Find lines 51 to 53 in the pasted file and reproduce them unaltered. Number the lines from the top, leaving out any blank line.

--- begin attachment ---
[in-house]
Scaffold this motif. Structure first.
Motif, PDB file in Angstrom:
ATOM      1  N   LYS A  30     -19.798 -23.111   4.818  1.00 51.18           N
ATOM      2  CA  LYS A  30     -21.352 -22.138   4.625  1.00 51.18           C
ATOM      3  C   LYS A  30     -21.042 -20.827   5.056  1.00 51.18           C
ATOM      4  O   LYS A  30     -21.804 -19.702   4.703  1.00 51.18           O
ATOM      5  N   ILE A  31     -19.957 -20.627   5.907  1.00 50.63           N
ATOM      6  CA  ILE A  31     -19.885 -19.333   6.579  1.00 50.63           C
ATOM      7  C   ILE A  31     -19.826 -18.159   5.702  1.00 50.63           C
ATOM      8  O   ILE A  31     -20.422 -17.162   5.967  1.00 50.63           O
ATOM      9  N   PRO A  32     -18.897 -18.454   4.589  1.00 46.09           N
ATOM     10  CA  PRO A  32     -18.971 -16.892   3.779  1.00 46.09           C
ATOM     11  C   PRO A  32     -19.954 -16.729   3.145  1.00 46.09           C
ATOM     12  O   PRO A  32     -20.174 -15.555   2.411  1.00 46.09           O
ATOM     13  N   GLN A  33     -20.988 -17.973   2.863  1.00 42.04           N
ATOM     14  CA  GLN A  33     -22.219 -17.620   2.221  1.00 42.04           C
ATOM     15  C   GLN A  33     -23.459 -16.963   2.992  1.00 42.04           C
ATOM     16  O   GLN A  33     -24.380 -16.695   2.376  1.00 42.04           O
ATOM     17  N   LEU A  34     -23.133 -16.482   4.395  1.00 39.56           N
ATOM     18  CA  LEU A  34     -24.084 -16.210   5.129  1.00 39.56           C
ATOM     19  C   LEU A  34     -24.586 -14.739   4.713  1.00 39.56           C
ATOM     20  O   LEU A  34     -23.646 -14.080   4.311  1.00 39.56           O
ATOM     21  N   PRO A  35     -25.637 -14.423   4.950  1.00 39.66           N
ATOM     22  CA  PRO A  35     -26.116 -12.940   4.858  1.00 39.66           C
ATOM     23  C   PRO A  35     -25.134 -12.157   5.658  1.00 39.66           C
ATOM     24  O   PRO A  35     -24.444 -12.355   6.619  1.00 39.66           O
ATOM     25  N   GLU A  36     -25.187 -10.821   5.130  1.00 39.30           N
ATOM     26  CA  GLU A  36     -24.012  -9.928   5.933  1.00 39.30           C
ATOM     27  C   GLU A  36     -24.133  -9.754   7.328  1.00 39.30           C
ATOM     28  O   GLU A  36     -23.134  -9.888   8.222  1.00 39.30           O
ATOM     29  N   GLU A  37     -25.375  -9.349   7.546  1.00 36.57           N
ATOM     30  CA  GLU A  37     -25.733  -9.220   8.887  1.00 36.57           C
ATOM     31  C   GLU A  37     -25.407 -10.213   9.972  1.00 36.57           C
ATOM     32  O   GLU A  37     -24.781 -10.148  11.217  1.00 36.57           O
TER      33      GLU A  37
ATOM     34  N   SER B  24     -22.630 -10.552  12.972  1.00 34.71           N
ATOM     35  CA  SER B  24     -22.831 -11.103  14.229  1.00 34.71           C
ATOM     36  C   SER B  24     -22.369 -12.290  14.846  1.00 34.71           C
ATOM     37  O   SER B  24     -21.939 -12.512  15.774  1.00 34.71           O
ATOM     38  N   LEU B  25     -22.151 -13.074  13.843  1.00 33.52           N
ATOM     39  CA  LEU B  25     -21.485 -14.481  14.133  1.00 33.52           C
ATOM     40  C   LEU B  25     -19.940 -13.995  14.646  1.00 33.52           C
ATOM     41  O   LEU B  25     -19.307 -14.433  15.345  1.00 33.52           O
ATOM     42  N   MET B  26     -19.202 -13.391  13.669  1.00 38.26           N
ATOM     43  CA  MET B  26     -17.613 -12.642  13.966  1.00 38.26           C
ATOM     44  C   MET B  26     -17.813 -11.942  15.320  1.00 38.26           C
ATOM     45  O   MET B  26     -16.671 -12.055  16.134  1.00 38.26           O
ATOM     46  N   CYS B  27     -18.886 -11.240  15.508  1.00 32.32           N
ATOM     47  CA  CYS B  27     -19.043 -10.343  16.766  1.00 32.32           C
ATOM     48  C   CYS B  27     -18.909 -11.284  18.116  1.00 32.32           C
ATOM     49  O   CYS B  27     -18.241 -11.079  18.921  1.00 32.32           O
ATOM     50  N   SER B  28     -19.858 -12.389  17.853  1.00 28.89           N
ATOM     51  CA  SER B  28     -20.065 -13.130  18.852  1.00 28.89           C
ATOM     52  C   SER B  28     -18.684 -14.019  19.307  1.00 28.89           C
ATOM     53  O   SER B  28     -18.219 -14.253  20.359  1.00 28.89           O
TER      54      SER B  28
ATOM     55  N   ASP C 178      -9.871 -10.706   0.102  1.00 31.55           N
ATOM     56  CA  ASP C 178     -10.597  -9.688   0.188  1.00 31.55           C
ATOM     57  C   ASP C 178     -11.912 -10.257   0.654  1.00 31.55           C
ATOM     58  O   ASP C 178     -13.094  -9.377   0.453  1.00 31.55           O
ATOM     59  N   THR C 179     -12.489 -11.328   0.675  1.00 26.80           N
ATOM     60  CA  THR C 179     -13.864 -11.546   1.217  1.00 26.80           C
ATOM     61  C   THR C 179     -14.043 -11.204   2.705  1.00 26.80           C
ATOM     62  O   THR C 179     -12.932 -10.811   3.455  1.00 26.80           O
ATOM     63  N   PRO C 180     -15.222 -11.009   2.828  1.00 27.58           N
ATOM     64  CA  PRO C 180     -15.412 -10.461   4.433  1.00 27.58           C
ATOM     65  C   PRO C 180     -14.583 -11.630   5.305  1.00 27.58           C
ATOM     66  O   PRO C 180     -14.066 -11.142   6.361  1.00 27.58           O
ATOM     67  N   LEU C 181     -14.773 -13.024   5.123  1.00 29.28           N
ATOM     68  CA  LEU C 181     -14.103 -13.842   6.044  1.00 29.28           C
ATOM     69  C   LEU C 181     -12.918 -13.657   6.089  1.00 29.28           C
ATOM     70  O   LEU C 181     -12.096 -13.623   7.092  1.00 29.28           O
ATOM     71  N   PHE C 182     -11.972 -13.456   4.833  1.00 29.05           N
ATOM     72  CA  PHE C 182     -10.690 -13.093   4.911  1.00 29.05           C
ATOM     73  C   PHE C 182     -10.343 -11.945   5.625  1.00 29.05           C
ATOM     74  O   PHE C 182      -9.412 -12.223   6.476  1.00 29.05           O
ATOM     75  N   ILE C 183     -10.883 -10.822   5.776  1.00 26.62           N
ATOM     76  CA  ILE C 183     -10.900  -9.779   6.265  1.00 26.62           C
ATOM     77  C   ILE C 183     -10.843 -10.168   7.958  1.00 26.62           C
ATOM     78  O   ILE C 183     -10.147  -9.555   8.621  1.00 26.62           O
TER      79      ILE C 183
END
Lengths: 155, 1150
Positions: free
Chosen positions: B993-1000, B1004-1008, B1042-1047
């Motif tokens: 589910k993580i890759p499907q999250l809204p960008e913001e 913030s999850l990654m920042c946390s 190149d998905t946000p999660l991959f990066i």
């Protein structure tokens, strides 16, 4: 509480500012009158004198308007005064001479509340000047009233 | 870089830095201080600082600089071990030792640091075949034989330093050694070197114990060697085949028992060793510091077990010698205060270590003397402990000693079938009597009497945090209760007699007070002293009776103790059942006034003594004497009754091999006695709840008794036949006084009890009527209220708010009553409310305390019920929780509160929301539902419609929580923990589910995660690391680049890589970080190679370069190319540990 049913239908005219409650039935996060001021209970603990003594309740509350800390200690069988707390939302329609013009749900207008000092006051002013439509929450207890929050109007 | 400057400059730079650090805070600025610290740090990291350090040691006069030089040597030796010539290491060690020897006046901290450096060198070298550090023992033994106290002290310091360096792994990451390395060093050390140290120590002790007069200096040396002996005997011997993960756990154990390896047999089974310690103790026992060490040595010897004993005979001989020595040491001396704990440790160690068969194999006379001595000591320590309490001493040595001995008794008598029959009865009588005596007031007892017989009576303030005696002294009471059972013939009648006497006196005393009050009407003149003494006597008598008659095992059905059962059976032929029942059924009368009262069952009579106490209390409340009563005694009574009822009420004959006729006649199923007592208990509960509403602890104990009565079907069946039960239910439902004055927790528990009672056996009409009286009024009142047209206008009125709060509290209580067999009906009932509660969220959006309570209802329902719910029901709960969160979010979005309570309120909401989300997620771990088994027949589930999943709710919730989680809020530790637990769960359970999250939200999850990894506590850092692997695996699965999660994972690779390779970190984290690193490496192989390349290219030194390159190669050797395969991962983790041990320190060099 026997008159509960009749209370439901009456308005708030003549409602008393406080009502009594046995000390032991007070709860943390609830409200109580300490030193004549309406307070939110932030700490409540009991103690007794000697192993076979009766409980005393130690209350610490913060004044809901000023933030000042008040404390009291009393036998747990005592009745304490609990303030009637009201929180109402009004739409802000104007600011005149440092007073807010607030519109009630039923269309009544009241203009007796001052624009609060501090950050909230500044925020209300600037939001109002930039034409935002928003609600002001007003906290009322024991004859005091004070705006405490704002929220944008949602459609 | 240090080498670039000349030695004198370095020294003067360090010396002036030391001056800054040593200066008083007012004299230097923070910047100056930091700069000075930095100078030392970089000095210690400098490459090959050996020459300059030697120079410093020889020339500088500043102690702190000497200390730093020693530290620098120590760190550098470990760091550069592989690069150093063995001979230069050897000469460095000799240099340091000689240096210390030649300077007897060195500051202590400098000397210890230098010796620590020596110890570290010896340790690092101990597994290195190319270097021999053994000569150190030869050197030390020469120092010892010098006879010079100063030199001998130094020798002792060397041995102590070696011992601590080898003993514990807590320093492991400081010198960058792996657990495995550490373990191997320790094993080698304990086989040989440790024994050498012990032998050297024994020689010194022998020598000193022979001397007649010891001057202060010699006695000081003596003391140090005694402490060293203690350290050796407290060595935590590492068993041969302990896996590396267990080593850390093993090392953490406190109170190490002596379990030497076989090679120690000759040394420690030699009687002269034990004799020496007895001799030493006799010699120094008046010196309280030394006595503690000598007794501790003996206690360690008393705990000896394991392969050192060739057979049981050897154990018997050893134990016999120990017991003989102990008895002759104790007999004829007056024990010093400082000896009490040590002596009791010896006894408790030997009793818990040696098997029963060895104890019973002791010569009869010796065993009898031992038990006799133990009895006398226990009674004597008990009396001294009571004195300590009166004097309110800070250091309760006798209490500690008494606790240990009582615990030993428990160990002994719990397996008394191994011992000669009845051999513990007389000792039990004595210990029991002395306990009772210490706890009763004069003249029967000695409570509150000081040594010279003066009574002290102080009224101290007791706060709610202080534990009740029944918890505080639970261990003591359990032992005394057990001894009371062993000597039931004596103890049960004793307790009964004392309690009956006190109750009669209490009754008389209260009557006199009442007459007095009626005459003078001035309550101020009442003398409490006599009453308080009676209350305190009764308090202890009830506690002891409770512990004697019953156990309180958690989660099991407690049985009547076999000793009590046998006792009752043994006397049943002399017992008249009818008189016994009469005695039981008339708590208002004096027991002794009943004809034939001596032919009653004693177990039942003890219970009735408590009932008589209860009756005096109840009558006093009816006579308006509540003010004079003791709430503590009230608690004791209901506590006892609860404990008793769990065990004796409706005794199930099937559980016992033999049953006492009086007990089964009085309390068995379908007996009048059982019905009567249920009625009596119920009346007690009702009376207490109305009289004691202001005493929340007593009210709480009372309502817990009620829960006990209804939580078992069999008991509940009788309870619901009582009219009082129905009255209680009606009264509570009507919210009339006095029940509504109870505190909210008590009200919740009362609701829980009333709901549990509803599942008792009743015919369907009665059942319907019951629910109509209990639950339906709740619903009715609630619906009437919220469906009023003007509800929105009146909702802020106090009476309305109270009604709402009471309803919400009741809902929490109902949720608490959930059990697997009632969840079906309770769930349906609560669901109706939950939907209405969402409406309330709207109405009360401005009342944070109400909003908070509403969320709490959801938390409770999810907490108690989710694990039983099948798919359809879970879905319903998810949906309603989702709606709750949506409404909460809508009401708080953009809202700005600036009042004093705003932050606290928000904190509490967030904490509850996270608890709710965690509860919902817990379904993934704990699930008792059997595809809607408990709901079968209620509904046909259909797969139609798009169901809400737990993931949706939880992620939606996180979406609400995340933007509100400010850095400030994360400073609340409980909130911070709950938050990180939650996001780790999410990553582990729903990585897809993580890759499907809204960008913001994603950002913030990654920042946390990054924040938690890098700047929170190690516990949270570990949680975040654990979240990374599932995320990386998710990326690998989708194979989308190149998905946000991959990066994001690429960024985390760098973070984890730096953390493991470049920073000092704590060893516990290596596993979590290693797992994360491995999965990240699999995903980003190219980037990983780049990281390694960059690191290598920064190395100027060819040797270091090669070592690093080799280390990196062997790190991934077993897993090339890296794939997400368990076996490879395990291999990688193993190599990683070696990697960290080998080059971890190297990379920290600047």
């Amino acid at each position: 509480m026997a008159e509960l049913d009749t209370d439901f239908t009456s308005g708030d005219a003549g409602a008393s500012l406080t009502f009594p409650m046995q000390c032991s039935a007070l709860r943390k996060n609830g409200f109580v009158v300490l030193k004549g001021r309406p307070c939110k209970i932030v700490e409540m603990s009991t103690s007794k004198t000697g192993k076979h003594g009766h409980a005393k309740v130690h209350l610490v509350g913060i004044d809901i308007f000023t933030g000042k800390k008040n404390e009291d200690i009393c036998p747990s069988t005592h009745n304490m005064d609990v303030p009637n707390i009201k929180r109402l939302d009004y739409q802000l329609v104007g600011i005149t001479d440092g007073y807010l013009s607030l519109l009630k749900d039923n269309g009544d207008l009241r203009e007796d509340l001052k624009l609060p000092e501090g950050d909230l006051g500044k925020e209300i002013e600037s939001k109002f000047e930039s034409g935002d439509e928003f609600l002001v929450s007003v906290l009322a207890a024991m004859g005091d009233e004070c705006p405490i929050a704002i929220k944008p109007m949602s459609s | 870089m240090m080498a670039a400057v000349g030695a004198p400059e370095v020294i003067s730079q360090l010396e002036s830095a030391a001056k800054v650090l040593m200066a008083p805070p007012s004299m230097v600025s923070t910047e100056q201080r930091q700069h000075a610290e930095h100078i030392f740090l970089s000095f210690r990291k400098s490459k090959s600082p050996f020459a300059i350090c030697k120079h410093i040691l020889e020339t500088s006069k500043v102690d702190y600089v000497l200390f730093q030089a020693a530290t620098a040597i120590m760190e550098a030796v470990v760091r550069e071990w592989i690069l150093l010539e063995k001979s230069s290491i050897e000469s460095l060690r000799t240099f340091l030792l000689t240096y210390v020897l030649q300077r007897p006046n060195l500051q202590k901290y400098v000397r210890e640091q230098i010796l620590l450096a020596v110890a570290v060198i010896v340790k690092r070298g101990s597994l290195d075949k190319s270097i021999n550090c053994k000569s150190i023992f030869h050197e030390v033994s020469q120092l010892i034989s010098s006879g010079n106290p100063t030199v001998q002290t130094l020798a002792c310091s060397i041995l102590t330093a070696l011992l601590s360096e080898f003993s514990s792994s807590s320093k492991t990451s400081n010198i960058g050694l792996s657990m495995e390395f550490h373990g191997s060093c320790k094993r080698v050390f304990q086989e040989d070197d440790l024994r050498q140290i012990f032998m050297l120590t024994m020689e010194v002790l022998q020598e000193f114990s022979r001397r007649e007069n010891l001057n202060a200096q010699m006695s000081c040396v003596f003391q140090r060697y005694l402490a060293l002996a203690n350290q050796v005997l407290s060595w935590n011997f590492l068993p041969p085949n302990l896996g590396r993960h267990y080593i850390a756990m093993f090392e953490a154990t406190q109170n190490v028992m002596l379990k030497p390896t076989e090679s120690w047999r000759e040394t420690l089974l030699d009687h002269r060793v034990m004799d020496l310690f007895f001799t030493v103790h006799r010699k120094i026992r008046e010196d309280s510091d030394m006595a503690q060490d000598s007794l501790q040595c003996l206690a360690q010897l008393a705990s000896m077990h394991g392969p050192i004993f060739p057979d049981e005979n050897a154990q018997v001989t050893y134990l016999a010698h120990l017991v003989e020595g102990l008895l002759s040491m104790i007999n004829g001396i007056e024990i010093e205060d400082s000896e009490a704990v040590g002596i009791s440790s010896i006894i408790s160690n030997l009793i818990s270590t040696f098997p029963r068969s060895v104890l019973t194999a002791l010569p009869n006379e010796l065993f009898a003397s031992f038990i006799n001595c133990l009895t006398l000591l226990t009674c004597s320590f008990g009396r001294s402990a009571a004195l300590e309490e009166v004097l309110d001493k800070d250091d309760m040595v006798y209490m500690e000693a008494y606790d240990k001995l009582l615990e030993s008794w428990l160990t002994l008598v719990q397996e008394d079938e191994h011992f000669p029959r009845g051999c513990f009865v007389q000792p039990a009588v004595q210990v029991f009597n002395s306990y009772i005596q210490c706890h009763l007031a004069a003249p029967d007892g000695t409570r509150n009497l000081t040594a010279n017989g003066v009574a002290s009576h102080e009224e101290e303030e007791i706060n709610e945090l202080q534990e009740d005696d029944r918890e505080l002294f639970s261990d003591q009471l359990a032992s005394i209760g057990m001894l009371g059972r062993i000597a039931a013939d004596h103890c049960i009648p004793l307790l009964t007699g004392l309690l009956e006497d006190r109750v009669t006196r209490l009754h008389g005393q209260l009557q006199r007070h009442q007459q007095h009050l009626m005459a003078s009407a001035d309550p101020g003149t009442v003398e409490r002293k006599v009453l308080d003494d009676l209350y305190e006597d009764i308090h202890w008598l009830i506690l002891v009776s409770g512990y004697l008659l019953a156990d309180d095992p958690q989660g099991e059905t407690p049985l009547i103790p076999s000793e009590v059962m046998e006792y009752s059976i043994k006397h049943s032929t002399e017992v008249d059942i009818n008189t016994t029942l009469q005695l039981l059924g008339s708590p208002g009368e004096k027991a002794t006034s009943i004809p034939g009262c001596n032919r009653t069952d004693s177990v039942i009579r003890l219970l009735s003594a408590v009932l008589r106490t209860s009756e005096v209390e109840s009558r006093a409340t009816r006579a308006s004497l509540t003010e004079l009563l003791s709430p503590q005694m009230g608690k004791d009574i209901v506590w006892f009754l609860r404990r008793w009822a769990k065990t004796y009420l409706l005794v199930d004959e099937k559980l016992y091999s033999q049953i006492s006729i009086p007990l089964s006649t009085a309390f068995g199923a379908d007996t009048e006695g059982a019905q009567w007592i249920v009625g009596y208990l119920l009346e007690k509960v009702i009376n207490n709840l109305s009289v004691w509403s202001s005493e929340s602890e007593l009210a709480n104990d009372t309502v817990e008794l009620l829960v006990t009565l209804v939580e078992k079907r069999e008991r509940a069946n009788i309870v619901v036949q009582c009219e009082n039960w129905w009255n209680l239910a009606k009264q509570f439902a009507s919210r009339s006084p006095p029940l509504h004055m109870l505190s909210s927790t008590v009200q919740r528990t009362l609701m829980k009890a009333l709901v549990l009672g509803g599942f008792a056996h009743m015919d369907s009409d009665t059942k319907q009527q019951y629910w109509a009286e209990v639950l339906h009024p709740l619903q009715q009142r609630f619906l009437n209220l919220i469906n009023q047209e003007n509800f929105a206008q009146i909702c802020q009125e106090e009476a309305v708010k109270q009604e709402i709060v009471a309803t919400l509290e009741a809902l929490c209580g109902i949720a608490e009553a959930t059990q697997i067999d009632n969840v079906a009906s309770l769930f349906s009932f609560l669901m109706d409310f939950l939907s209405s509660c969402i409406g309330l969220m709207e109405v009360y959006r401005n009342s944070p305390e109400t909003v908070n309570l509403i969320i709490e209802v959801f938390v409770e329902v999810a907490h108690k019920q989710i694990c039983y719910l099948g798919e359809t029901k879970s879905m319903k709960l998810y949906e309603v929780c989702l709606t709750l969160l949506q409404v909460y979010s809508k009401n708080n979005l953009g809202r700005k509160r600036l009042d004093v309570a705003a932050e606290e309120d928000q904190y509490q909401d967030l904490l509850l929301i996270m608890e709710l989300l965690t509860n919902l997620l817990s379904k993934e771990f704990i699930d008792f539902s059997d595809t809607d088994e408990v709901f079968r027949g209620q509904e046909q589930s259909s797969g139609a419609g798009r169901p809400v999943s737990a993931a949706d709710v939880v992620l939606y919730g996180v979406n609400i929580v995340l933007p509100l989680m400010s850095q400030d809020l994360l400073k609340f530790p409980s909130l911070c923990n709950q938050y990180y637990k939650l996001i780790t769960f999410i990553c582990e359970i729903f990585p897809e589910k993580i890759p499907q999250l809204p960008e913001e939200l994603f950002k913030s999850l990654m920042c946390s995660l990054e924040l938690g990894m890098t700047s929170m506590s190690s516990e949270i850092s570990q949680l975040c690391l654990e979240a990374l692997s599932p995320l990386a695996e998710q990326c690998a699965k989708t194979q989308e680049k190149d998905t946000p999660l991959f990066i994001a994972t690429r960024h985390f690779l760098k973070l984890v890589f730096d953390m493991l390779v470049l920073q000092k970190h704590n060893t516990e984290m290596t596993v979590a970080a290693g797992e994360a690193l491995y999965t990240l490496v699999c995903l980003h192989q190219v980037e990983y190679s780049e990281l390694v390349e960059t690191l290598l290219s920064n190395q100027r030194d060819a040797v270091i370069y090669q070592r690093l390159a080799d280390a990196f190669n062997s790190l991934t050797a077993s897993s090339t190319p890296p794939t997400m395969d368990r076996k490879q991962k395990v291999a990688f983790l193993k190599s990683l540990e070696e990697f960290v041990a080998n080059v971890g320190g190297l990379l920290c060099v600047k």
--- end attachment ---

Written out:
ATOM     48  C   CYS B  27     -18.909 -11.284  18.116  1.00 32.32           C
ATOM     49  O   CYS B  27     -18.241 -11.079  18.921  1.00 32.32           O
ATOM     50  N   SER B  28     -19.858 -12.389  17.853  1.00 28.89           N